As the (still life threatening) remnants of Hurricane Ida continue northeast, survivors of the storm in New Orleans and southeastern Louisiana are coming to terms with a different and dangerous reality: extreme heat for weeks on end without power. Heat is the top weather-related killer, annually and, as if on cue Tuesday, the National Weather Service issued a heat advisory for the area with a heat index of 106°F forecast for Wednesday. The NWS urged residents to “drink plenty of fluids, stay out of the sun, and check up on relatives and neighbors.” With nearly 800,000 people without running water or under a boil-water advisory, and a lack of power to charge phones.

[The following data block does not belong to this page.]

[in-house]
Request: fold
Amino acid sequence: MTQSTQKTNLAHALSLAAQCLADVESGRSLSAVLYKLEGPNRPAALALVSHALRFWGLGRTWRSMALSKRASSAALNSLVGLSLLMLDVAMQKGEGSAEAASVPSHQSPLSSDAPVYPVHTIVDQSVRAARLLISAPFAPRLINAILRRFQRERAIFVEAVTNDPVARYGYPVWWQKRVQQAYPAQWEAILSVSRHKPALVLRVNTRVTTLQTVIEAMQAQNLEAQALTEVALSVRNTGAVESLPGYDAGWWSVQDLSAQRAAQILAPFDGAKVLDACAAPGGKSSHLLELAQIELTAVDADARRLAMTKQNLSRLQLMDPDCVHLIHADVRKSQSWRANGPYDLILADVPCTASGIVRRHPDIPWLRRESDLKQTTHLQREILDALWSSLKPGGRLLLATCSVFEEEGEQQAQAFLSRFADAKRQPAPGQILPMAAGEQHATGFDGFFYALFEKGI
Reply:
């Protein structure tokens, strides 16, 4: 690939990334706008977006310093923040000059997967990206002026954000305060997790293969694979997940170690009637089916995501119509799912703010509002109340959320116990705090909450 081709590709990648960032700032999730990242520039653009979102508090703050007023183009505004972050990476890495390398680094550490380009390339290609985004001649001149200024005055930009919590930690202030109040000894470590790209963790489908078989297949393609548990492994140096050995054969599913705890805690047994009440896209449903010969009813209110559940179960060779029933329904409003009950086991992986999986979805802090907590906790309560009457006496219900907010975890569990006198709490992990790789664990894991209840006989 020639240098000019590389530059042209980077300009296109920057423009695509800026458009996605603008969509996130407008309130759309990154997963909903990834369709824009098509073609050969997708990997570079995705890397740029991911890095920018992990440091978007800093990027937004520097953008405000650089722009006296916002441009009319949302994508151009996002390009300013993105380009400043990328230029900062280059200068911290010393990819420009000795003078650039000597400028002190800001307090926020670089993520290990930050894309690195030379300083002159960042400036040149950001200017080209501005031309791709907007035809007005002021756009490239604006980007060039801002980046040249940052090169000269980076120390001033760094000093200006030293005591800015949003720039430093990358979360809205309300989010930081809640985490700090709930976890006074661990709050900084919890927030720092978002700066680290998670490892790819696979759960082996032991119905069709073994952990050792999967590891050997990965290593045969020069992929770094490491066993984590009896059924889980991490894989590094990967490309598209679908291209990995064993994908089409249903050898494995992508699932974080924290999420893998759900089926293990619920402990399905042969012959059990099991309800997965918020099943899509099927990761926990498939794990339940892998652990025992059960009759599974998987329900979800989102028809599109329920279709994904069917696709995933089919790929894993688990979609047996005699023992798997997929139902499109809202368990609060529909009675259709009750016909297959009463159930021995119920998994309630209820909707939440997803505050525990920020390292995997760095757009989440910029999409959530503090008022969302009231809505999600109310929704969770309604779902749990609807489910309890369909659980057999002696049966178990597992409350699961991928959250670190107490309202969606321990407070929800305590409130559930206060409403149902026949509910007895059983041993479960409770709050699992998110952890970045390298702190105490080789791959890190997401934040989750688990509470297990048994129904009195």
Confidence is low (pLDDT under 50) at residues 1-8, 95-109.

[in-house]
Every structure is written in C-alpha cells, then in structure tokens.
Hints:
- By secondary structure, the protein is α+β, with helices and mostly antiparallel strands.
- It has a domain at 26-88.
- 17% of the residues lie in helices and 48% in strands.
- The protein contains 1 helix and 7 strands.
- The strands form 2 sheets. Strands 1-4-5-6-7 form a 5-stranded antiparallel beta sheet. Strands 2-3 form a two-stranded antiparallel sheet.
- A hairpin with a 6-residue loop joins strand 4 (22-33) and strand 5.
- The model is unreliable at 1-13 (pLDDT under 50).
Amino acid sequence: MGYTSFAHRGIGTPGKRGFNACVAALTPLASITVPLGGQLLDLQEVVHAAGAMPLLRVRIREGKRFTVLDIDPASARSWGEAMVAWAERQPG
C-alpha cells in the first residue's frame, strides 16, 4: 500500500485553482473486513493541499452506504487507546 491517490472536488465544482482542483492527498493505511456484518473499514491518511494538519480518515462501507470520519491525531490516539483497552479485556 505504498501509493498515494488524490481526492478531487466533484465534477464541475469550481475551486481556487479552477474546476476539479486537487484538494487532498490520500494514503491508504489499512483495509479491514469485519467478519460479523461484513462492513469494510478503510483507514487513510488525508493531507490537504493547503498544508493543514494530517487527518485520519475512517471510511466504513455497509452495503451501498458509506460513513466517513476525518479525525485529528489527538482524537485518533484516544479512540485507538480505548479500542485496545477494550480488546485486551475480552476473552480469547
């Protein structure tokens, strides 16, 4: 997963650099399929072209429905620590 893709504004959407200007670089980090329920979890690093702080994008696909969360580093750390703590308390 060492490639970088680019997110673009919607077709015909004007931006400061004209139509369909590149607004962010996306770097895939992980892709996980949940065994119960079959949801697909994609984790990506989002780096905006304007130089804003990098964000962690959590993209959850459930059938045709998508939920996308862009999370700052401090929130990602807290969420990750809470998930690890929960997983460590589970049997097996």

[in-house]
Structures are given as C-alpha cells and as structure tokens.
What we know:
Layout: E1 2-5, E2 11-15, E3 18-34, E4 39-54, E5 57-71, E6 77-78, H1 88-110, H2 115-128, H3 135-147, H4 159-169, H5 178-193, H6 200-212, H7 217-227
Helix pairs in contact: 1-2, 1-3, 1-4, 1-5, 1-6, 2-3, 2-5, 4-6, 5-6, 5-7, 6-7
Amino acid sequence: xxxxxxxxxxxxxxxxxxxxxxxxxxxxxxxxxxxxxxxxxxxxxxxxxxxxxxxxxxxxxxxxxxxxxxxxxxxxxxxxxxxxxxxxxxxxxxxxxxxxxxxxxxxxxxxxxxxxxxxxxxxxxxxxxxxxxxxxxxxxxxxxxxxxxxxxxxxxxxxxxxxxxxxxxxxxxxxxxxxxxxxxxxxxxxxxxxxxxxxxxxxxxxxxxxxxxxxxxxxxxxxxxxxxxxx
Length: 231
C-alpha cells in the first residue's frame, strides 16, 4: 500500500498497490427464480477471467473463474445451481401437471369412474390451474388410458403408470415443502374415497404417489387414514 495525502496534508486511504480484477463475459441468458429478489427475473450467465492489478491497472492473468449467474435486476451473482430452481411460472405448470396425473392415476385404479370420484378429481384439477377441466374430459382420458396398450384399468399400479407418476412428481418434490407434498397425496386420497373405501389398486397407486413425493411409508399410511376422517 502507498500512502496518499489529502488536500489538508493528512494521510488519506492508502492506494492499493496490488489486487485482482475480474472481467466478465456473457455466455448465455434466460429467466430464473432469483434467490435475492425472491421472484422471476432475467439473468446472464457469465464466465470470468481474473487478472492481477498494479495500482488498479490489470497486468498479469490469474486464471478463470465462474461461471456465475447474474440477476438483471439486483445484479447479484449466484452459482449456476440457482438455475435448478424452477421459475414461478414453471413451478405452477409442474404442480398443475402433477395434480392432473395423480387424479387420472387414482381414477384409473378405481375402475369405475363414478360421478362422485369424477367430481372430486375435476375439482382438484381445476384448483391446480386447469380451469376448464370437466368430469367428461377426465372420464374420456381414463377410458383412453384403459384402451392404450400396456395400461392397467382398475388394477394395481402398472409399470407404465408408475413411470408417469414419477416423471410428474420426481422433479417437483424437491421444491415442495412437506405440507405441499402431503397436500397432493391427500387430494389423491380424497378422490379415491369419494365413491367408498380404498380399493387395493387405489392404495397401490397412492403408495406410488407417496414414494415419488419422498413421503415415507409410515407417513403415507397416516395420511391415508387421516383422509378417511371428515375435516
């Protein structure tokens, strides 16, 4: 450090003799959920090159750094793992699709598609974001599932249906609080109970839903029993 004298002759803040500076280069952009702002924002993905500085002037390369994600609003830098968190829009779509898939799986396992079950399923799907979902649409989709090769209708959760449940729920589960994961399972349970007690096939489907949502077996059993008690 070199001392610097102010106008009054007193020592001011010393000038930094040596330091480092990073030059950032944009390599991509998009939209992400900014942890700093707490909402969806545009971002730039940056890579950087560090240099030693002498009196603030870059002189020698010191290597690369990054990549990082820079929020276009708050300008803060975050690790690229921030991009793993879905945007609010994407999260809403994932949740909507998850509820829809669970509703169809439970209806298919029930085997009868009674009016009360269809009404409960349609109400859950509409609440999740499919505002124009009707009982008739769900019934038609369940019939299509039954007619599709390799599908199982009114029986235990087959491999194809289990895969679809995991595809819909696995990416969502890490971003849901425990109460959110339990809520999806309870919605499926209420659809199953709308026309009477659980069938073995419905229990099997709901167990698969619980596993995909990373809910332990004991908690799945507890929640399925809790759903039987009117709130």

A (potentially weeks-long) power outage was supposed to be prevented by a new gas plant built by Entergy, the local utility, despite calls for distributed renewable energy with battery storage backup instead. Entergy has a long history of opposing efforts to cut fossil fuel use and improve grid resiliency, despite knowing for decades that climate change caused by the extraction and combustion of fossil fuels would pose an increasing threat to the grid by supercharging hurricanes like Ida. (Heat threats: Axios, AP, Washington Post $; Outages: New York Times $, Utility Dive, Democracy Now, E&E News, NBC, Entergy and its gas plant: Earther, Washington Post $; Climate Signals background: Hurricanes, 2021 Atlantic hurricane season)